Inspector General Report Strengthens Argument for Serious Federal Asset Forfeiture Reform
“Reform Is Necessary To Strengthen Faith In Law Enforcement, Tamper Abuse, And Protect Citizens’ Constitutional Rights”
Today, Congressman Jim Sensenbrenner released the following statement in response to the newly released Inspector General (IG) report on its investigation into the Department of Justice’s (DOJ) forfeiture practices, particularly its use of cash forfeitures:
Congressman Sensenbrenner: “The release of the Inspector General’s report highlights a serious problem that must be addressed. Civil asset forfeiture is an essential tool in the overall effort to fix our broken criminal justice system, but reform is necessary to strengthen faith in law enforcement, tamper abuse, and protect citizens’ Constitutional rights. It’s imperative to our justice system and the health of our nation to enact serious reform, which is why I’ve introduced the DUE PROCESS Act. I urge my colleagues to support this legislation and move forward with solutions that work for the people, not the government.”
The investigation brought to light several weaknesses in the federal asset forfeiture program. The report’s key findings include:
- The DOJ does not aggregate data in order to meaningfully study the extent seizures aid criminal investigations or risk civil liberty violations.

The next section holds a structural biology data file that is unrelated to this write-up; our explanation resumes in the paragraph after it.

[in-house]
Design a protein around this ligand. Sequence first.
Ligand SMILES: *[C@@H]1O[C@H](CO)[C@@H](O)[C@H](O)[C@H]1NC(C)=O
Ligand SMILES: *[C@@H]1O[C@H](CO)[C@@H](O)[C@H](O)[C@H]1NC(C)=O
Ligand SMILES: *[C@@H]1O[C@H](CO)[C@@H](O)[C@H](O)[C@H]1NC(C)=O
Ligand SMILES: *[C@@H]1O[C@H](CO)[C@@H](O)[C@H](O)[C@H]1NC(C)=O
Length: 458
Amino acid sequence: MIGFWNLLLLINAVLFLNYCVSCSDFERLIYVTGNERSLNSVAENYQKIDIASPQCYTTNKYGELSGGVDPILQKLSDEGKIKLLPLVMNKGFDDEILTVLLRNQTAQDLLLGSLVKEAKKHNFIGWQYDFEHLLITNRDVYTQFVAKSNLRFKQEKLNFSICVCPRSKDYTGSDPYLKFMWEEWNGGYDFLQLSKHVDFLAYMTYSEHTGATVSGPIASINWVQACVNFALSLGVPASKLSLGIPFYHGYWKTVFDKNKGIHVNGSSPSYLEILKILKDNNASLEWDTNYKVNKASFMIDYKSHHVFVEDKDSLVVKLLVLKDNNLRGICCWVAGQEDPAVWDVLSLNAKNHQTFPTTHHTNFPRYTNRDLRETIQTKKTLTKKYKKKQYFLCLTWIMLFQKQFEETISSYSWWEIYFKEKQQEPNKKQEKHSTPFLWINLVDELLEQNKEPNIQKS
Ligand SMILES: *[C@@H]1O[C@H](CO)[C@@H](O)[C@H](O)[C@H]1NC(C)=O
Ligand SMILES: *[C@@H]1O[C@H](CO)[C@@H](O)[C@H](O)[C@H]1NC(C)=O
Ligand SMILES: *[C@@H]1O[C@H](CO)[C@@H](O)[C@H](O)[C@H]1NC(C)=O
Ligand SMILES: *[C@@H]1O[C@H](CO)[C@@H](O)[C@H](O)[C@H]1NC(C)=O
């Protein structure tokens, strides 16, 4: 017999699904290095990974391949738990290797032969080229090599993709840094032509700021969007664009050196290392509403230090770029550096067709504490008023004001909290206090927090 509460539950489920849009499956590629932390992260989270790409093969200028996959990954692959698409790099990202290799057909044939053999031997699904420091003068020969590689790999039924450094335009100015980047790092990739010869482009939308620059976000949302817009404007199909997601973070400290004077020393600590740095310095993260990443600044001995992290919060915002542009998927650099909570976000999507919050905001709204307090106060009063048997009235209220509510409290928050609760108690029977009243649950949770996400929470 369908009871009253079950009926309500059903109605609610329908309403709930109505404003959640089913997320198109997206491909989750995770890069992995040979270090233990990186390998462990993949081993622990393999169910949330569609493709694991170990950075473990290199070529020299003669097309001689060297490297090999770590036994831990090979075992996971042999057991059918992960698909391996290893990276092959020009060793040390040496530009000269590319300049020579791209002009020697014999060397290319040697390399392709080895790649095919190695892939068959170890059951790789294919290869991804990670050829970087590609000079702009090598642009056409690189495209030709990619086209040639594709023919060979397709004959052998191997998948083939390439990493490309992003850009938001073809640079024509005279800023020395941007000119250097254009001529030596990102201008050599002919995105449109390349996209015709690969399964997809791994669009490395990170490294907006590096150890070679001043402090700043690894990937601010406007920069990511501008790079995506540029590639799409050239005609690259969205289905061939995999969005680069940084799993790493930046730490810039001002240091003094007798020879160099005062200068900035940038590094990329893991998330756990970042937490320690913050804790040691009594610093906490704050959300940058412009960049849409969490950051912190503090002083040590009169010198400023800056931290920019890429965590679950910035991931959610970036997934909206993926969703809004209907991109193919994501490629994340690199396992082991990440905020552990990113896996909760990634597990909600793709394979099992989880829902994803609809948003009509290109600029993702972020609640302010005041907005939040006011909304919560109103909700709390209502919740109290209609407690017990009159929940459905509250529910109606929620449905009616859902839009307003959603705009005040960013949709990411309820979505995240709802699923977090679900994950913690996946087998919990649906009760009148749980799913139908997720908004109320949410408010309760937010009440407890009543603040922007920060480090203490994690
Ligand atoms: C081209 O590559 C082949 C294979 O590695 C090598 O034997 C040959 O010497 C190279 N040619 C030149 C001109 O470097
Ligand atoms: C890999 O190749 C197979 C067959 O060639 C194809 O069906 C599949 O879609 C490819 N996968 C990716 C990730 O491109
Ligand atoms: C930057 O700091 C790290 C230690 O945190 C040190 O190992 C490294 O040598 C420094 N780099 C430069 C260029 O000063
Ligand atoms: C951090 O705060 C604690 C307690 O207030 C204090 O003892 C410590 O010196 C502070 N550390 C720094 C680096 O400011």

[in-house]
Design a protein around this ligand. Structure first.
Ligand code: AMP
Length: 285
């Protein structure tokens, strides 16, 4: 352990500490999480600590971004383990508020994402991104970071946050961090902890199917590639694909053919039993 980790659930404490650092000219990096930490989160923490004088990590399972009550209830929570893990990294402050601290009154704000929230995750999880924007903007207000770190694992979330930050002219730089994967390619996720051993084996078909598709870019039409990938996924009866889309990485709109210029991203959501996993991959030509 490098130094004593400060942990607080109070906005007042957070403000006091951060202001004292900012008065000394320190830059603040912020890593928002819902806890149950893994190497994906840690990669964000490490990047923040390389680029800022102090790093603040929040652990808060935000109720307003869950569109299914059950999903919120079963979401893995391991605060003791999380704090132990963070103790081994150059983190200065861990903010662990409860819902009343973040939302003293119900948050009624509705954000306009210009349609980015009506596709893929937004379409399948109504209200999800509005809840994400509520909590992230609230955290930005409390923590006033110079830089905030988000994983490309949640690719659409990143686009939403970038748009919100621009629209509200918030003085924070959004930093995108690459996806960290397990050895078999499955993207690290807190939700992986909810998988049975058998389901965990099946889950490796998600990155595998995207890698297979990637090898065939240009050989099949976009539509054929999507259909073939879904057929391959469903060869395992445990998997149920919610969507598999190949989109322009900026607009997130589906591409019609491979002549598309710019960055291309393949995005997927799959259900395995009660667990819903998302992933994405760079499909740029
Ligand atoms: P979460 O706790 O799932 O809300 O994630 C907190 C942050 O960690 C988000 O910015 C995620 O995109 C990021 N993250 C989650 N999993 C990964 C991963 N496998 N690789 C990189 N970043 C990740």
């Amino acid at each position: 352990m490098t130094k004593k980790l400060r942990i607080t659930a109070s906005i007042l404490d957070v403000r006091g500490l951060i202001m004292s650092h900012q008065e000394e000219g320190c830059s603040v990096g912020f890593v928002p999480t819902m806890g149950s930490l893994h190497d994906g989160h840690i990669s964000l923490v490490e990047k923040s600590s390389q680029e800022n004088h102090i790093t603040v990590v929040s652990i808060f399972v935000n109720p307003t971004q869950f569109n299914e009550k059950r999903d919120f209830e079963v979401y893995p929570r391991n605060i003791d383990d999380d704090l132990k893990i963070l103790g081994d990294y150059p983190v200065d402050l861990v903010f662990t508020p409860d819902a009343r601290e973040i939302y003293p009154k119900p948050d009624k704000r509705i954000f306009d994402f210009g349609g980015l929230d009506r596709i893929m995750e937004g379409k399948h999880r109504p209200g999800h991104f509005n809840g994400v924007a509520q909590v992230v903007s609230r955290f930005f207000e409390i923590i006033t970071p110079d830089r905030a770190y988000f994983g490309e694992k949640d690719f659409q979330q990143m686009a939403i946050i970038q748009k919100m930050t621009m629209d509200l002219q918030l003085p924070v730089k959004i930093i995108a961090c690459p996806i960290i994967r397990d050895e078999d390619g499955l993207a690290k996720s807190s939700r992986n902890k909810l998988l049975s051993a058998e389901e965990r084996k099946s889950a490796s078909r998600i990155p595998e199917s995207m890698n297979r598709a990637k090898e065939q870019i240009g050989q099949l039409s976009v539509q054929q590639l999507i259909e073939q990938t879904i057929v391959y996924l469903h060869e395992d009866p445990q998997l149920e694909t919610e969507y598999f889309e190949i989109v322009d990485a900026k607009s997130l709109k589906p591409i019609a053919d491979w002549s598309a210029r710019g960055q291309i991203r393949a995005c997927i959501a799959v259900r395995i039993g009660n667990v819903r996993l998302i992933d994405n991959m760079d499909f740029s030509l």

- Only 29 of 85 cash interdiction seizures reviewed by the DOJ were part of an investigation or led to further investigation, arrest, or prosecution. Simply put, in approximately two-thirds of cases where cash was seized, there was no attempt to confirm that the money was related to criminal activity.
- The DOJ has insufficient training of federal law enforcement, as well as state and local law enforcement, of who are effectively deputized to enforce federal law.
Earlier today, Congressman Sensenbrenner reintroduced legislation aimed at reforming federal asset forfeiture laws.
The DUE PROCESS Act, which was first introduced in the 114th Congress, builds upon changes made in the 2000 Civil Action Forfeiture Reform Act by increasing transparency in the civil asset forfeiture process, adding protections for innocent property owners, and implementing additional protections to ensure property owners have the opportunity to contest seizures. The legislation also improves the notice that the government must give property owners and makes it easier for them to be heard by a judge.
Additionally, the DUE PROCESS Act entitles property owners to an initial hearing, where they can retrieve confiscated property immediately if it was not seized according to the law. It increases the availability of attorney fees for innocent owners, places a higher burden of proof on the government, and allows for owners of confiscated animals to retrieve their pets faster.